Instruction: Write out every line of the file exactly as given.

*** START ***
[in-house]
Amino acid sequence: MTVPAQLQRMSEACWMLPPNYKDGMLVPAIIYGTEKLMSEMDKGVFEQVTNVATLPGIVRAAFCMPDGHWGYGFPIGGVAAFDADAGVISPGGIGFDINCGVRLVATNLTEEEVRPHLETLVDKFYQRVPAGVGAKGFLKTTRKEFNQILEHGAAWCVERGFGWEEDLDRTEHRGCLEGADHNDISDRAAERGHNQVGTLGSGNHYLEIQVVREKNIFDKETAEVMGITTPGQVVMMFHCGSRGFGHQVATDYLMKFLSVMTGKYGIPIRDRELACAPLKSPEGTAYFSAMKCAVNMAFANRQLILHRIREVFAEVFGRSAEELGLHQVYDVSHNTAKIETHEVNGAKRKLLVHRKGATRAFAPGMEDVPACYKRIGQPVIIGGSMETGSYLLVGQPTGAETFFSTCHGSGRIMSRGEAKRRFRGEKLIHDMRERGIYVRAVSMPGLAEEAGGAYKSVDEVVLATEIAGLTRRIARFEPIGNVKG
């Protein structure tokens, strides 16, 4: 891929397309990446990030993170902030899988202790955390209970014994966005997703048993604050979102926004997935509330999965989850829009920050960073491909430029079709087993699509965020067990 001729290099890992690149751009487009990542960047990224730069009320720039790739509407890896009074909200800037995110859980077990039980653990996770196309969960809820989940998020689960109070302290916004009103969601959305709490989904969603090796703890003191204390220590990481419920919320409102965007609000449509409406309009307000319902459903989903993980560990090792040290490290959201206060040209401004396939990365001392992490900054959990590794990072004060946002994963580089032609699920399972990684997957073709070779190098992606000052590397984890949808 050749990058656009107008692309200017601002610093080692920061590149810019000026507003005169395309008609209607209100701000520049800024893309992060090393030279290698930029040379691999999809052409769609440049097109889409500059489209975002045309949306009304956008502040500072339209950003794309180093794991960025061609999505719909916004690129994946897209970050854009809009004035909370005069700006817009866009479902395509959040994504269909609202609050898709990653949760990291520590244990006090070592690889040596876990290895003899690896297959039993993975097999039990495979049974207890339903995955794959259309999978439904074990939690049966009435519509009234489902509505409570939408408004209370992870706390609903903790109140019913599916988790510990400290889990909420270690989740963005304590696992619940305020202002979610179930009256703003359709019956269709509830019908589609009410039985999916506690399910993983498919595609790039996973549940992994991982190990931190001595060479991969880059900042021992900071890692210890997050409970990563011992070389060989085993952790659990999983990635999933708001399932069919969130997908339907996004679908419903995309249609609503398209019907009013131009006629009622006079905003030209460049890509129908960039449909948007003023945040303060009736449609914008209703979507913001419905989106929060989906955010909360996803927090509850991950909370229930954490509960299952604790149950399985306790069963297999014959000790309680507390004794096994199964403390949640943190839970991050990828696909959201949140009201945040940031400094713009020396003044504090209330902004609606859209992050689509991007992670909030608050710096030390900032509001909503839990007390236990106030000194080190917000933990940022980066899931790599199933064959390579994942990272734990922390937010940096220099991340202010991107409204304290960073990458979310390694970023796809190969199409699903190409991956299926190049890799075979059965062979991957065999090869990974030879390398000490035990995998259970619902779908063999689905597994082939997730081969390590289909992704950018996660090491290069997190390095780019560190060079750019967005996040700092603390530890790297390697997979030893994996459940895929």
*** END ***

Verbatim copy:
[in-house]
Amino acid sequence: MTVPAQLQRMSEACWMLPPNYKDGMLVPAIIYGTEKLMSEMDKGVFEQVTNVATLPGIVRAAFCMPDGHWGYGFPIGGVAAFDADAGVISPGGIGFDINCGVRLVATNLTEEEVRPHLETLVDKFYQRVPAGVGAKGFLKTTRKEFNQILEHGAAWCVERGFGWEEDLDRTEHRGCLEGADHNDISDRAAERGHNQVGTLGSGNHYLEIQVVREKNIFDKETAEVMGITTPGQVVMMFHCGSRGFGHQVATDYLMKFLSVMTGKYGIPIRDRELACAPLKSPEGTAYFSAMKCAVNMAFANRQLILHRIREVFAEVFGRSAEELGLHQVYDVSHNTAKIETHEVNGAKRKLLVHRKGATRAFAPGMEDVPACYKRIGQPVIIGGSMETGSYLLVGQPTGAETFFSTCHGSGRIMSRGEAKRRFRGEKLIHDMRERGIYVRAVSMPGLAEEAGGAYKSVDEVVLATEIAGLTRRIARFEPIGNVKG
């Protein structure tokens, strides 16, 4: 891929397309990446990030993170902030899988202790955390209970014994966005997703048993604050979102926004997935509330999965989850829009920050960073491909430029079709087993699509965020067990 001729290099890992690149751009487009990542960047990224730069009320720039790739509407890896009074909200800037995110859980077990039980653990996770196309969960809820989940998020689960109070302290916004009103969601959305709490989904969603090796703890003191204390220590990481419920919320409102965007609000449509409406309009307000319902459903989903993980560990090792040290490290959201206060040209401004396939990365001392992490900054959990590794990072004060946002994963580089032609699920399972990684997957073709070779190098992606000052590397984890949808 050749990058656009107008692309200017601002610093080692920061590149810019000026507003005169395309008609209607209100701000520049800024893309992060090393030279290698930029040379691999999809052409769609440049097109889409500059489209975002045309949306009304956008502040500072339209950003794309180093794991960025061609999505719909916004690129994946897209970050854009809009004035909370005069700006817009866009479902395509959040994504269909609202609050898709990653949760990291520590244990006090070592690889040596876990290895003899690896297959039993993975097999039990495979049974207890339903995955794959259309999978439904074990939690049966009435519509009234489902509505409570939408408004209370992870706390609903903790109140019913599916988790510990400290889990909420270690989740963005304590696992619940305020202002979610179930009256703003359709019956269709509830019908589609009410039985999916506690399910993983498919595609790039996973549940992994991982190990931190001595060479991969880059900042021992900071890692210890997050409970990563011992070389060989085993952790659990999983990635999933708001399932069919969130997908339907996004679908419903995309249609609503398209019907009013131009006629009622006079905003030209460049890509129908960039449909948007003023945040303060009736449609914008209703979507913001419905989106929060989906955010909360996803927090509850991950909370229930954490509960299952604790149950399985306790069963297999014959000790309680507390004794096994199964403390949640943190839970991050990828696909959201949140009201945040940031400094713009020396003044504090209330902004609606859209992050689509991007992670909030608050710096030390900032509001909503839990007390236990106030000194080190917000933990940022980066899931790599199933064959390579994942990272734990922390937010940096220099991340202010991107409204304290960073990458979310390694970023796809190969199409699903190409991956299926190049890799075979059965062979991957065999090869990974030879390398000490035990995998259970619902779908063999689905597994082939997730081969390590289909992704950018996660090491290069997190390095780019560190060079750019967005996040700092603390530890790297390697997979030893994996459940895929």